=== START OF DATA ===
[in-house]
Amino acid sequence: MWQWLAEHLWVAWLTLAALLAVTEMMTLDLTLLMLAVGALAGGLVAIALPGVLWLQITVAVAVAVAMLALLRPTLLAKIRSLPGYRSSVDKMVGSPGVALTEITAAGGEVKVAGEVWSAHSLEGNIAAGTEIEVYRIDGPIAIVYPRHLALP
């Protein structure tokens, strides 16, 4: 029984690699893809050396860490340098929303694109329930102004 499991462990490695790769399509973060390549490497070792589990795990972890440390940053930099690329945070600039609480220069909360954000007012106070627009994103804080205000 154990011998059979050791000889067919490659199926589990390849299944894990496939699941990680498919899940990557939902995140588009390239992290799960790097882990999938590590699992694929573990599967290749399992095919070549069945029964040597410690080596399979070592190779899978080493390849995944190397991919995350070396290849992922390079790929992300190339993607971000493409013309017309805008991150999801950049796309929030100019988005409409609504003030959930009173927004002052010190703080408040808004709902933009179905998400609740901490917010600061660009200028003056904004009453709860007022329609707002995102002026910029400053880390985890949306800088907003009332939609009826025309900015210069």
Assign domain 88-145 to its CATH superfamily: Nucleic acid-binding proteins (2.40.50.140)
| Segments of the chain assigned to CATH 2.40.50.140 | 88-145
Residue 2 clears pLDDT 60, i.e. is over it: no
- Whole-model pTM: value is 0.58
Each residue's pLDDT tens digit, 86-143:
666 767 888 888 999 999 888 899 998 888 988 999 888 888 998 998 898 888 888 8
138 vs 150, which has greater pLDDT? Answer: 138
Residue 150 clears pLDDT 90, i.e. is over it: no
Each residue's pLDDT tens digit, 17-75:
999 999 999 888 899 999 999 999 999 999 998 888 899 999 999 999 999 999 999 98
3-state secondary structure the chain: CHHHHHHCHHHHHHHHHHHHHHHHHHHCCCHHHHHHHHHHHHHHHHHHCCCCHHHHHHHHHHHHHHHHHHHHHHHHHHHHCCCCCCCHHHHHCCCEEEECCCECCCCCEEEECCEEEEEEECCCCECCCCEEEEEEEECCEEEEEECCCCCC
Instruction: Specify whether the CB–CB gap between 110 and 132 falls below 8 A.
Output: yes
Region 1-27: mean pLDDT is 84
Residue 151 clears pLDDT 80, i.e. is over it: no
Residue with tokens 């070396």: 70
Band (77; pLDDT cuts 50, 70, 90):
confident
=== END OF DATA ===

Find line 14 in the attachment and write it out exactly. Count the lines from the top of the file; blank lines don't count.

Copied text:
3-state secondary structure the chain: CHHHHHHCHHHHHHHHHHHHHHHHHHHCCCHHHHHHHHHHHHHHHHHHCCCCHHHHHHHHHHHHHHHHHHHHHHHHHHHHCCCCCCCHHHHHCCCEEEECCCECCCCCEEEECCEEEEEEECCCCECCCCEEEEEEEECCEEEEEECCCCCC